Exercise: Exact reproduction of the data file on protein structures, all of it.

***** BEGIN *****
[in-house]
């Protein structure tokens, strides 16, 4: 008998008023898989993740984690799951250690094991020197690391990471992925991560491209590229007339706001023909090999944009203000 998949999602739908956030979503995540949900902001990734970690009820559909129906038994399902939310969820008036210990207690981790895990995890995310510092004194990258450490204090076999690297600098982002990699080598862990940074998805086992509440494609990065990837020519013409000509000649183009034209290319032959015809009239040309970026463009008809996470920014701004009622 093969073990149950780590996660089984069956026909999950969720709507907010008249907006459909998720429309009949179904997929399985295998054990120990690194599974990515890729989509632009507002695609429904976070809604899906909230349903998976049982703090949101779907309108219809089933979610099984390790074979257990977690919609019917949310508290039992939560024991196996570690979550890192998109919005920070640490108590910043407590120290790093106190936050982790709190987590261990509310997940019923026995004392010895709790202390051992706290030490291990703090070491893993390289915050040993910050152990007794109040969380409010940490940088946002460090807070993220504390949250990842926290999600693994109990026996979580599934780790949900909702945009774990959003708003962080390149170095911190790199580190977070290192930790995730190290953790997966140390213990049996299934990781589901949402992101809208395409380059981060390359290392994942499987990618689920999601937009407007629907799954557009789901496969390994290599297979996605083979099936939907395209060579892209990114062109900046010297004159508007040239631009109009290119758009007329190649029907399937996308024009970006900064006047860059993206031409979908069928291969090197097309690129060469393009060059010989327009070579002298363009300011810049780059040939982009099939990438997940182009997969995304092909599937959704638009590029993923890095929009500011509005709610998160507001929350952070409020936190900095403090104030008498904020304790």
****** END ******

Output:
[in-house]
């Protein structure tokens, strides 16, 4: 008998008023898989993740984690799951250690094991020197690391990471992925991560491209590229007339706001023909090999944009203000 998949999602739908956030979503995540949900902001990734970690009820559909129906038994399902939310969820008036210990207690981790895990995890995310510092004194990258450490204090076999690297600098982002990699080598862990940074998805086992509440494609990065990837020519013409000509000649183009034209290319032959015809009239040309970026463009008809996470920014701004009622 093969073990149950780590996660089984069956026909999950969720709507907010008249907006459909998720429309009949179904997929399985295998054990120990690194599974990515890729989509632009507002695609429904976070809604899906909230349903998976049982703090949101779907309108219809089933979610099984390790074979257990977690919609019917949310508290039992939560024991196996570690979550890192998109919005920070640490108590910043407590120290790093106190936050982790709190987590261990509310997940019923026995004392010895709790202390051992706290030490291990703090070491893993390289915050040993910050152990007794109040969380409010940490940088946002460090807070993220504390949250990842926290999600693994109990026996979580599934780790949900909702945009774990959003708003962080390149170095911190790199580190977070290192930790995730190290953790997966140390213990049996299934990781589901949402992101809208395409380059981060390359290392994942499987990618689920999601937009407007629907799954557009789901496969390994290599297979996605083979099936939907395209060579892209990114062109900046010297004159508007040239631009109009290119758009007329190649029907399937996308024009970006900064006047860059993206031409979908069928291969090197097309690129060469393009060059010989327009070579002298363009300011810049780059040939982009099939990438997940182009997969995304092909599937959704638009590029993923890095929009500011509005709610998160507001929350952070409020936190900095403090104030008498904020304790």